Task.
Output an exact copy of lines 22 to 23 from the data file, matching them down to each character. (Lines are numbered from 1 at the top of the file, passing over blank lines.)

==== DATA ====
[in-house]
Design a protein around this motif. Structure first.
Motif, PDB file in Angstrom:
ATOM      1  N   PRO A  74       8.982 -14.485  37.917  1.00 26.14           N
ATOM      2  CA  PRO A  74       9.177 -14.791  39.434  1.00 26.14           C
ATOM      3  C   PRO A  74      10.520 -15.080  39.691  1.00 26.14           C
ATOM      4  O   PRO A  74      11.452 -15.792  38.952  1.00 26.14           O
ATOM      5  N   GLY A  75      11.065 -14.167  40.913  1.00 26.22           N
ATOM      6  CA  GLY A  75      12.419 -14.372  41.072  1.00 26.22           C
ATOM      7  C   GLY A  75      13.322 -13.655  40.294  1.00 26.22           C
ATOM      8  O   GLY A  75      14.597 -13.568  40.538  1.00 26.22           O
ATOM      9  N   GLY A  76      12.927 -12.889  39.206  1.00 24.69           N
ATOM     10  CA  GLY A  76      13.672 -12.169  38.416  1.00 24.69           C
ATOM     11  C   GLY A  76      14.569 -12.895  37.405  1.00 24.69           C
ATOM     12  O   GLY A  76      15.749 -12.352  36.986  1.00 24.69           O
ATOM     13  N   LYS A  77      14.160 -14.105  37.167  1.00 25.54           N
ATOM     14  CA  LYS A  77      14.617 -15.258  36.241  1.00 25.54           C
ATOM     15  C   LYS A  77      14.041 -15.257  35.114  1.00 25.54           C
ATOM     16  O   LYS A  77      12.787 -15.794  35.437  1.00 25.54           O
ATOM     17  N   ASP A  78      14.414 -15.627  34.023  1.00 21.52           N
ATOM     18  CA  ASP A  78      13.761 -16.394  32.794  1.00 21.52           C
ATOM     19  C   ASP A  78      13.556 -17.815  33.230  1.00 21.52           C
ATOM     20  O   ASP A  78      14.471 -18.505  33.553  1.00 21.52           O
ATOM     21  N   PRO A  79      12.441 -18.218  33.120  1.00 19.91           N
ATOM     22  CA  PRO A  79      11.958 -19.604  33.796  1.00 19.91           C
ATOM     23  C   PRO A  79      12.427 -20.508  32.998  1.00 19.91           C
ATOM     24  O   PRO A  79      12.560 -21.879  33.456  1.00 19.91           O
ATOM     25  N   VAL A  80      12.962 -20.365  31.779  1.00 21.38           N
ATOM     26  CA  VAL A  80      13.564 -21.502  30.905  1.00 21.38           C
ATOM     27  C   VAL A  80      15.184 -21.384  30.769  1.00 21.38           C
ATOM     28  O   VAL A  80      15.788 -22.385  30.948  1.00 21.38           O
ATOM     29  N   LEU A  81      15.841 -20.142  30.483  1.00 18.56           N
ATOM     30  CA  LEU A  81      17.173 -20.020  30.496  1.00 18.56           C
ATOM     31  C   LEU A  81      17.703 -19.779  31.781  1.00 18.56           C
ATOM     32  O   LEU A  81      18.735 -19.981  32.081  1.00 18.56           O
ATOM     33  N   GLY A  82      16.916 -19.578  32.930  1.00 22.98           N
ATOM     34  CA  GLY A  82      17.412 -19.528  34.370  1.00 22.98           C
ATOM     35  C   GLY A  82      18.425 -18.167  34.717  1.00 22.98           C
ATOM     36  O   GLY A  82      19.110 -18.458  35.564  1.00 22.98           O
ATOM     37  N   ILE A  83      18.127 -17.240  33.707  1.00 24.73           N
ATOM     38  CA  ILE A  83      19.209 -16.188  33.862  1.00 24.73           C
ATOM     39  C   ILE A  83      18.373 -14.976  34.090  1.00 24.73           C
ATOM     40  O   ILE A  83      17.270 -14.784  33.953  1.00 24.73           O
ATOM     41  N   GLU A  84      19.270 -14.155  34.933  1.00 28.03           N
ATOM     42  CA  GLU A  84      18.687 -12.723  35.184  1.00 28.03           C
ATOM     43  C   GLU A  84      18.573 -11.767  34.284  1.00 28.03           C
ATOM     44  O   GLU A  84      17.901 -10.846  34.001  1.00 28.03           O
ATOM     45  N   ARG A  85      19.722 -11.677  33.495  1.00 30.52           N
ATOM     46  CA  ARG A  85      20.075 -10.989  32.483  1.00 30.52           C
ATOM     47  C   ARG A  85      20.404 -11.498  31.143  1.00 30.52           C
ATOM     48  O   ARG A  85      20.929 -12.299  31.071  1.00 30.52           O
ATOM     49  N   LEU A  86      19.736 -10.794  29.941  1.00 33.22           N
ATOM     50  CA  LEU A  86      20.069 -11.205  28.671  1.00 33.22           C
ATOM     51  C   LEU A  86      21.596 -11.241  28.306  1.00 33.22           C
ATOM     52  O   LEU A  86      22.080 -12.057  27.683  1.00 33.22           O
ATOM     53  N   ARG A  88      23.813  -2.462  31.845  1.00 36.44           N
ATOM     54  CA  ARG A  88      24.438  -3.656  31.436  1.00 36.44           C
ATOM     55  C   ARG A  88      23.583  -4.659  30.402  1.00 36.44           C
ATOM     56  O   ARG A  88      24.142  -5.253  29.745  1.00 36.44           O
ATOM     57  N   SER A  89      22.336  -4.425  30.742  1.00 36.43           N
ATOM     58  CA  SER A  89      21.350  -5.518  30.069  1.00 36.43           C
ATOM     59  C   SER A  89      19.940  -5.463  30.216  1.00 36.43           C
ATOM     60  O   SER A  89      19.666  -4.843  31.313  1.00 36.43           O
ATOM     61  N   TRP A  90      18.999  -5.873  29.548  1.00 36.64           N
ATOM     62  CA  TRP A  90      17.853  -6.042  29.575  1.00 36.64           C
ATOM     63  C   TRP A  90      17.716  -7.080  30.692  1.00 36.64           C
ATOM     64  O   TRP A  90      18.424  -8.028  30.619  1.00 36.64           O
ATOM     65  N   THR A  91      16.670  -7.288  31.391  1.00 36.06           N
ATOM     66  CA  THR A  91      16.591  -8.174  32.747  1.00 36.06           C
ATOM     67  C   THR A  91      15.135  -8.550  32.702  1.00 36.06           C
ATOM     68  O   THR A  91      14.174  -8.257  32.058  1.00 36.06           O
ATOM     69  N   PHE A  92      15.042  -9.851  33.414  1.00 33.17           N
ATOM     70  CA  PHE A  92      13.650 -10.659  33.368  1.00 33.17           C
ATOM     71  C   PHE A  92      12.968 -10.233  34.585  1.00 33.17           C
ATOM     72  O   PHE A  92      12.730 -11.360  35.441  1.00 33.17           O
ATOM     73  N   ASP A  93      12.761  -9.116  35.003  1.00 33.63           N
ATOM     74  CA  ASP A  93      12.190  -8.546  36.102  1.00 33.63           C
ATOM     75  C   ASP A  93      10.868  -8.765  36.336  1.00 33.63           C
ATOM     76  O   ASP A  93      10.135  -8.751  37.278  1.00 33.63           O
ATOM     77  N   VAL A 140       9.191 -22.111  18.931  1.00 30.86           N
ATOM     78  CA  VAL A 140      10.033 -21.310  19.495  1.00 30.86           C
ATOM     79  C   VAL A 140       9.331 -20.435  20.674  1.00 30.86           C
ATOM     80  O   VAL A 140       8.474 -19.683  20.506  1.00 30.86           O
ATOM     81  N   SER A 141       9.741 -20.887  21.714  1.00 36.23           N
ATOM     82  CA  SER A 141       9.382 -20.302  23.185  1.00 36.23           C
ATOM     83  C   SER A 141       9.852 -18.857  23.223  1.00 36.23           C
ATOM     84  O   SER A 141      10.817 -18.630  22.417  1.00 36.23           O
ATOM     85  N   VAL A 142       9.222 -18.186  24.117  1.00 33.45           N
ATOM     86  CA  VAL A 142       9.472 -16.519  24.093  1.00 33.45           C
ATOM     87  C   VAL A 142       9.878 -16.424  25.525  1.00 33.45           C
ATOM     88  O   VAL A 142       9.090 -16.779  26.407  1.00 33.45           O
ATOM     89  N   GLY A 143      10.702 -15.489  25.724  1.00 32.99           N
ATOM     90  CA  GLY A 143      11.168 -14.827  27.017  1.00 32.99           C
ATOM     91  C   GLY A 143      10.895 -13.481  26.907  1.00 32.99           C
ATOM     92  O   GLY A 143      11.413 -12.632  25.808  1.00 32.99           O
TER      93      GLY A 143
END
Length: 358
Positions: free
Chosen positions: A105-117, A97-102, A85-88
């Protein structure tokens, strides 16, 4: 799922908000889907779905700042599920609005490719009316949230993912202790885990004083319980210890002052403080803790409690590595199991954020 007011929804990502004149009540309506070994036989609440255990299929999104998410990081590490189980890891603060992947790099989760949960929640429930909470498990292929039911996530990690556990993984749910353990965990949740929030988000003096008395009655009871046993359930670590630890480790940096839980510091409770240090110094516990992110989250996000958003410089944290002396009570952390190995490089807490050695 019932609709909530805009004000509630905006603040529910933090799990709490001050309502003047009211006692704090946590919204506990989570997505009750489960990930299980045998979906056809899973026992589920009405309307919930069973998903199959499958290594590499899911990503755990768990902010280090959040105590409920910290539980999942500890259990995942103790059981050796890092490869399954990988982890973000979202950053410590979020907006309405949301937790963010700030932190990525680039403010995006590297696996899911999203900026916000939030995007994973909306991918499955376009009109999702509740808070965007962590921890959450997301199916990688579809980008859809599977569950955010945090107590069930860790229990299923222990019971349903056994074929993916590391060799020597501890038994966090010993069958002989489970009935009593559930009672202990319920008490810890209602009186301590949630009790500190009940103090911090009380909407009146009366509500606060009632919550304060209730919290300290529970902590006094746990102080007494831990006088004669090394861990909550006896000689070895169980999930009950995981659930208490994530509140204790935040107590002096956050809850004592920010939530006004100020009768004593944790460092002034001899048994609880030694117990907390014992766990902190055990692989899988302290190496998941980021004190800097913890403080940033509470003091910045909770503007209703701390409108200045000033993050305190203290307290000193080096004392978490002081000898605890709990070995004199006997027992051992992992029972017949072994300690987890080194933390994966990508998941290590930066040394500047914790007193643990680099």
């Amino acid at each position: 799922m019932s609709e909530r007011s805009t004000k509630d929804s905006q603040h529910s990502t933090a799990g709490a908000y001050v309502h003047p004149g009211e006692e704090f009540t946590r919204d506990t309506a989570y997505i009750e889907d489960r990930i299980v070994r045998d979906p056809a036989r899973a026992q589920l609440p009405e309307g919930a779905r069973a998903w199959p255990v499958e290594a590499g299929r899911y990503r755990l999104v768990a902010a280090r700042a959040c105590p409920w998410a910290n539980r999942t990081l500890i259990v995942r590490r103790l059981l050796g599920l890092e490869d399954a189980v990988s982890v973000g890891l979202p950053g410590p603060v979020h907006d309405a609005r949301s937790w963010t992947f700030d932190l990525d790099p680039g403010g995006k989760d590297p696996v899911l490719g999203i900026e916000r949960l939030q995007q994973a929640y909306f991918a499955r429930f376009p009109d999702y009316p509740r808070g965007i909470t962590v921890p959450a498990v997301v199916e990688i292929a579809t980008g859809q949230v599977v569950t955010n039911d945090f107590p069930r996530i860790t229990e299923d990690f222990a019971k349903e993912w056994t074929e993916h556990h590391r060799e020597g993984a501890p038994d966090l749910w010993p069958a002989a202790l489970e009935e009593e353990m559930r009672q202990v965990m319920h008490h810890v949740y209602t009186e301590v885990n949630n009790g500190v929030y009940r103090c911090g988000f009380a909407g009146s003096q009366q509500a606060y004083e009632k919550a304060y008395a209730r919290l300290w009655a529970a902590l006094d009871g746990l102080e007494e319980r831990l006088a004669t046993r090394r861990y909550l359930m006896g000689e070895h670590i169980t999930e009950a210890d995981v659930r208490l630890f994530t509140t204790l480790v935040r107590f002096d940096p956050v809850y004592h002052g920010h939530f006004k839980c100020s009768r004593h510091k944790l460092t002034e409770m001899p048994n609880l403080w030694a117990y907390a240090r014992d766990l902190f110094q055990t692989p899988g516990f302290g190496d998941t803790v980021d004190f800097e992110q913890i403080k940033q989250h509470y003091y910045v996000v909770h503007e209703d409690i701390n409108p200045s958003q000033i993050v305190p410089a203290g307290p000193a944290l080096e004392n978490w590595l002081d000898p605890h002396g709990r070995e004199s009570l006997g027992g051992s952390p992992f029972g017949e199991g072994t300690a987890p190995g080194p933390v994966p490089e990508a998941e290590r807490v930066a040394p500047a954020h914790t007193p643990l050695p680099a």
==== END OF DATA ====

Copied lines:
ATOM     19  C   ASP A  78      13.556 -17.815  33.230  1.00 21.52           C
ATOM     20  O   ASP A  78      14.471 -18.505  33.553  1.00 21.52           O